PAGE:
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Canada Infrastructure Bank becomes a political issue in upcoming federal election

By David Crane       

The federal government has committed $35-billion over 11 years to help lever a major commitment of private capital for new infrastructure at a time when governments are hard-pressed to meet Canada’s massive new infrastructure needs out of public funding alone. Yet both the Conservatives and the NDP have said they would abolish the bank should either form the next government.

Infrastructure and Communities Minister François-Philippe Champagne is the federal minister responsible for the Canada Infrastructure Bank. The CIB is currently looking at 25 possible new projects—in public transit, trade and transport, green infrastructure and broadband—and expects to allocate nearly $17-billion over the next five years support new infrastructure projects, with much more in private capital, so a much larger pool of capital will be available to accelerate much-needed new infrastructure in all parts of Canada. Hard to see why the Conservatives or NDP would be opposed if the country benefits. Closing the infrastructure gap will mean a stronger economy and higher quality of life, writes David Crane. The Hill Times photograph by Andrew Meade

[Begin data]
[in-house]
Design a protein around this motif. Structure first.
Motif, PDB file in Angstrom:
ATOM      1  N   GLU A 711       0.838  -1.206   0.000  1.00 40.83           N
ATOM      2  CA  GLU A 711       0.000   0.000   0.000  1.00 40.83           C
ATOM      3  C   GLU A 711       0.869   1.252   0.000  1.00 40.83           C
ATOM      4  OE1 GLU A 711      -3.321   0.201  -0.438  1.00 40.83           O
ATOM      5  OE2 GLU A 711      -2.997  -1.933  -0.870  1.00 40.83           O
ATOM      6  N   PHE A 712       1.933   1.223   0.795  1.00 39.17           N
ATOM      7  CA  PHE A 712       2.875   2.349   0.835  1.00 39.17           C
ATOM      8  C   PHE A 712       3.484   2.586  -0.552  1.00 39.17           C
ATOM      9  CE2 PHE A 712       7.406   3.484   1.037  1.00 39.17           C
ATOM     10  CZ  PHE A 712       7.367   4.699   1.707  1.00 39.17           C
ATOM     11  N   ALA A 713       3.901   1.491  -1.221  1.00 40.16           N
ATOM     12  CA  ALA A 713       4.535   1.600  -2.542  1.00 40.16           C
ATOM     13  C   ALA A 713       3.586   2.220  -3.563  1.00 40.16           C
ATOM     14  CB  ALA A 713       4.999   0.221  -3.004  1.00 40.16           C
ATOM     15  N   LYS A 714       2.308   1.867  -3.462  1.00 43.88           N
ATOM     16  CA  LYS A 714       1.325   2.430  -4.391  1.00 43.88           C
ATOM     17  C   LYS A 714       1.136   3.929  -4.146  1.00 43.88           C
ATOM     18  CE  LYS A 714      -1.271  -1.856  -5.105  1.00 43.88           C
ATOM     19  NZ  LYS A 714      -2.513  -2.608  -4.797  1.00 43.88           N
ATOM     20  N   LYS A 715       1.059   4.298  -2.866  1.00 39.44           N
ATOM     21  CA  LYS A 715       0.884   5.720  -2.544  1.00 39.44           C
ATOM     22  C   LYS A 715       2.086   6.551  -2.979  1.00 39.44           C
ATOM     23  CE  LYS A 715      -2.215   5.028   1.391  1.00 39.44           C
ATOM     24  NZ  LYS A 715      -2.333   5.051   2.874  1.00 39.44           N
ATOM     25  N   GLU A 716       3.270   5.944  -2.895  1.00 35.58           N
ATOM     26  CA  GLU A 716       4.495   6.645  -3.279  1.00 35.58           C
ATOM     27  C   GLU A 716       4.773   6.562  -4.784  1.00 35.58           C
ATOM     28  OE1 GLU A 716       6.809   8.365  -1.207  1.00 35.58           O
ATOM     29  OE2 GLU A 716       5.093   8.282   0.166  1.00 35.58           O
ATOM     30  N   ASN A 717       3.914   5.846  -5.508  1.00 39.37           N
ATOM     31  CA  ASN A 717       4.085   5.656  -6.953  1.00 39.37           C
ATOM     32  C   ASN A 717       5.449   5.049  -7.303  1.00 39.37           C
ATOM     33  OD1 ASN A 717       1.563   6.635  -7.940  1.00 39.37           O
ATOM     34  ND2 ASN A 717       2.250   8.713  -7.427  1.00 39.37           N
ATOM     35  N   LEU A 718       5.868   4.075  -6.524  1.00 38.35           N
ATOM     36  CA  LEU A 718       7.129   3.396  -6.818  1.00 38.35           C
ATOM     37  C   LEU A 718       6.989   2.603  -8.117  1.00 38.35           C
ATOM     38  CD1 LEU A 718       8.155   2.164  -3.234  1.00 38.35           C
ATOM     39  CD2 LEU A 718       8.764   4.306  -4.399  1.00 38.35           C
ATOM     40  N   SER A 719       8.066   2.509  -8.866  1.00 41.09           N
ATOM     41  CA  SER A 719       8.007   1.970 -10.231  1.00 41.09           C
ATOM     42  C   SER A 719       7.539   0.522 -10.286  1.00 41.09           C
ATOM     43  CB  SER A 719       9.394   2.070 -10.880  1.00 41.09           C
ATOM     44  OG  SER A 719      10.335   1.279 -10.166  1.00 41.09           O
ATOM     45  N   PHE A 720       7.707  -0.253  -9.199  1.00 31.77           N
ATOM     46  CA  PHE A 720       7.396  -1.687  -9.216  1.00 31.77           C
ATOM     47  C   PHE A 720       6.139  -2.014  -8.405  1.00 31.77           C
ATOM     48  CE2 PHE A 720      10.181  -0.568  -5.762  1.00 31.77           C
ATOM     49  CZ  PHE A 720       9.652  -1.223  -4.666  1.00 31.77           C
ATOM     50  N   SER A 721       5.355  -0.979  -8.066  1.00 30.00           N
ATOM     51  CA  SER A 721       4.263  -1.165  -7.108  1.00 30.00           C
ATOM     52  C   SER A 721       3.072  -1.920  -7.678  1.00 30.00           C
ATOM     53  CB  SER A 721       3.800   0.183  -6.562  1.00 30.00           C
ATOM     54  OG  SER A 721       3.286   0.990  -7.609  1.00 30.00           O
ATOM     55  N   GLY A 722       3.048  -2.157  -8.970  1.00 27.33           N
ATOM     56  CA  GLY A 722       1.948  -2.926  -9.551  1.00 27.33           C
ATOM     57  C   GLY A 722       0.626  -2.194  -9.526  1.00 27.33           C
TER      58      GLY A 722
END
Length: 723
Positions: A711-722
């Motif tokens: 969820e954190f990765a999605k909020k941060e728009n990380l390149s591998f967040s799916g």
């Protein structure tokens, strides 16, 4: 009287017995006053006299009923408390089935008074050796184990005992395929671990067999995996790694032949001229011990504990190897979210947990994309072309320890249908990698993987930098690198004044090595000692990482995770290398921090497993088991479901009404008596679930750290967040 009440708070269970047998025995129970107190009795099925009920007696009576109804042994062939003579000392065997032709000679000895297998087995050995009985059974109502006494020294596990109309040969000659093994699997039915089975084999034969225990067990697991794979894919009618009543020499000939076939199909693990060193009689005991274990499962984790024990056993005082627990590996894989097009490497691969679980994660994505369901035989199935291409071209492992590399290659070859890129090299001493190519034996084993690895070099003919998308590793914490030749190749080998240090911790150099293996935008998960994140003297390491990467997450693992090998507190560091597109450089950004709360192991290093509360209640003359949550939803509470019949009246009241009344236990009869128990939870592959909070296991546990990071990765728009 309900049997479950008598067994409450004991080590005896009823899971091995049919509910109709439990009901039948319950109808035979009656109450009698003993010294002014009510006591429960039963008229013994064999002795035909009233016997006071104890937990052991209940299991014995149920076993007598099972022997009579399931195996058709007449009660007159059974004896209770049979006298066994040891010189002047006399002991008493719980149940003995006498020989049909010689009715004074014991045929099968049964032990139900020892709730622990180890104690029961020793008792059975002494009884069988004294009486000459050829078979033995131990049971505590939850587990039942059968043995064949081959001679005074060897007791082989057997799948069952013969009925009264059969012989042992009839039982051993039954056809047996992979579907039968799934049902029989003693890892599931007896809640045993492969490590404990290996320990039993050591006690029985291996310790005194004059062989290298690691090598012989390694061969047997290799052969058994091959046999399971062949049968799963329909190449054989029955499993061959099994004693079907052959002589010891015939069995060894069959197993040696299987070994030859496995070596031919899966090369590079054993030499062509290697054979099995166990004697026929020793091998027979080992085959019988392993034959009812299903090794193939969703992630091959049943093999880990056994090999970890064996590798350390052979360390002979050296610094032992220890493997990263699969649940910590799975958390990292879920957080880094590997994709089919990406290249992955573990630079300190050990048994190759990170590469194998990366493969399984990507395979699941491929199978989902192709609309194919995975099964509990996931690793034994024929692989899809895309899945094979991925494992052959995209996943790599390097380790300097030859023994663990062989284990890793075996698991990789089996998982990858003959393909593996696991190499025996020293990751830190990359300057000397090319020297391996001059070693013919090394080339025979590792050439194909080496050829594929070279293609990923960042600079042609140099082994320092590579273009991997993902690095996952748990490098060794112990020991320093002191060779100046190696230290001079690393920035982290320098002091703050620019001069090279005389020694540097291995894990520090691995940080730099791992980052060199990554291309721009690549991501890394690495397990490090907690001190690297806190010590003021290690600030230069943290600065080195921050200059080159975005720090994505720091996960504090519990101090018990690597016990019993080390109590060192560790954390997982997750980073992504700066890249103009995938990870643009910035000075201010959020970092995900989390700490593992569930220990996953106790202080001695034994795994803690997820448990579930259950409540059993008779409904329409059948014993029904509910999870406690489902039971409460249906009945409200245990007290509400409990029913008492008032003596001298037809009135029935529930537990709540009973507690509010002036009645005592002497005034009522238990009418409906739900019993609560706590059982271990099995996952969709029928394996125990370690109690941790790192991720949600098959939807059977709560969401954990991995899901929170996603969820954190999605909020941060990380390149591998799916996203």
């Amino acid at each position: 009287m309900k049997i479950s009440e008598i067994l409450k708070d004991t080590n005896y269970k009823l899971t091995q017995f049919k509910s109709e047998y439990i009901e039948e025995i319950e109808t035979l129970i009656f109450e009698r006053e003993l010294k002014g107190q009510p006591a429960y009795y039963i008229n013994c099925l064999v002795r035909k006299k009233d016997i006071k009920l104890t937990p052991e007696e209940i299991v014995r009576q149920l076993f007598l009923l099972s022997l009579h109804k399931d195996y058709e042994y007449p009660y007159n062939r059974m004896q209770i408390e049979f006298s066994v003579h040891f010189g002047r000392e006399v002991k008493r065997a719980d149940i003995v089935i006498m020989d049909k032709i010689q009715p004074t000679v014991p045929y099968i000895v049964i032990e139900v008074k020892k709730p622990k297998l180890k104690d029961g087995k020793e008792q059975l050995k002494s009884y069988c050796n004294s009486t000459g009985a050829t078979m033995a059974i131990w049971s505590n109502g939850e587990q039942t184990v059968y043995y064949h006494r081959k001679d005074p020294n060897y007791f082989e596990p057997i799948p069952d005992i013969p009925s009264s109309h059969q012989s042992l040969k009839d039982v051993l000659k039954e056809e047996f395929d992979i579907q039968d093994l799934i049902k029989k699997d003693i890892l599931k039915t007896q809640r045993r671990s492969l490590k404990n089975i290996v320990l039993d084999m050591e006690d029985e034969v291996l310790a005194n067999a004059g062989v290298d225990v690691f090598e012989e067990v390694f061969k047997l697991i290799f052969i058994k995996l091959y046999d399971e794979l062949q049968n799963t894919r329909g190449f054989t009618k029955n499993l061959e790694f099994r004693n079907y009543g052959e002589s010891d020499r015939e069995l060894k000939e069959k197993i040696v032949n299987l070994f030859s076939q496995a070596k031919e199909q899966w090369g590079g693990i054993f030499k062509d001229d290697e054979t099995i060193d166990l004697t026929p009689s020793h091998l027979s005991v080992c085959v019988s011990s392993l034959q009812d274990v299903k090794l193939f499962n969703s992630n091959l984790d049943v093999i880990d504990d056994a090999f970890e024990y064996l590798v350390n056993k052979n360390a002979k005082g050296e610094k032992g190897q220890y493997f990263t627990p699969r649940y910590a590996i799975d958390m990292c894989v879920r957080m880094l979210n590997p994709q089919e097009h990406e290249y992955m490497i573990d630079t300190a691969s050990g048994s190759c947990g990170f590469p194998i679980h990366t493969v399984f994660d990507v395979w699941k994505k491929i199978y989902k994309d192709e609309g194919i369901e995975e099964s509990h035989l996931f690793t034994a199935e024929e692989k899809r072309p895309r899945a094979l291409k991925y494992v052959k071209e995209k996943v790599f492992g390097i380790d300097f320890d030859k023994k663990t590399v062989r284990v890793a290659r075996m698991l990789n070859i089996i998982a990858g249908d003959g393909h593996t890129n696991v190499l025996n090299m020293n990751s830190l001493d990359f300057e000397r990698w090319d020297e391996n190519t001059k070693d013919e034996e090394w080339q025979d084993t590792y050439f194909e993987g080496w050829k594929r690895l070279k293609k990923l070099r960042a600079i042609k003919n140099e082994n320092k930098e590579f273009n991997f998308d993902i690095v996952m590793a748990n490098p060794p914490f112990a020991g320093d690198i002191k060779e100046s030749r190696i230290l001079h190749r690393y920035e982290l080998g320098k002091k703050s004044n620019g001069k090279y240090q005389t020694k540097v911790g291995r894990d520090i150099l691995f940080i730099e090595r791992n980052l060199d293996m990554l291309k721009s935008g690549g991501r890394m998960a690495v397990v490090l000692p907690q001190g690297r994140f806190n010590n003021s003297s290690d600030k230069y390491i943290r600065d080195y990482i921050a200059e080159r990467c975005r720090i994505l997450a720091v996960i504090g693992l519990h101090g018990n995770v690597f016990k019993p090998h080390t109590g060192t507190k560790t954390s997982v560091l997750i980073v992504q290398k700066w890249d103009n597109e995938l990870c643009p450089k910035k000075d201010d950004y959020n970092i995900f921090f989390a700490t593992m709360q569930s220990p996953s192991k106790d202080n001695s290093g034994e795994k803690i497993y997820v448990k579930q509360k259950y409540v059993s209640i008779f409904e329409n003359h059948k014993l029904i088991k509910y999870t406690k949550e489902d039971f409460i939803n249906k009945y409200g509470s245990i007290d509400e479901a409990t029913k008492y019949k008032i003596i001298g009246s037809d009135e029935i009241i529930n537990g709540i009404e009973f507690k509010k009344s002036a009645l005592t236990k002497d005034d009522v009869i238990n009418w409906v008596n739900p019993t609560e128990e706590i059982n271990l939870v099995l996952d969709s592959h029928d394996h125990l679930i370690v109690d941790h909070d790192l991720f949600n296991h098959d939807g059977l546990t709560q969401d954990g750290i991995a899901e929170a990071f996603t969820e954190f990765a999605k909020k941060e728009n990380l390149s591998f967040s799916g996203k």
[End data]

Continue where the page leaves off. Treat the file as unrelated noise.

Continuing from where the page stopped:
TORONTO—It has become another political issue in the upcoming federal election. This is the Canada Infrastructure Bank, a federal Crown corporation established in 2017 to expand the pace of investment in new infrastructure by making it more attractive for the private sector to help finance major new projects such as public transit, highways, ports, water systems and broadband networks.

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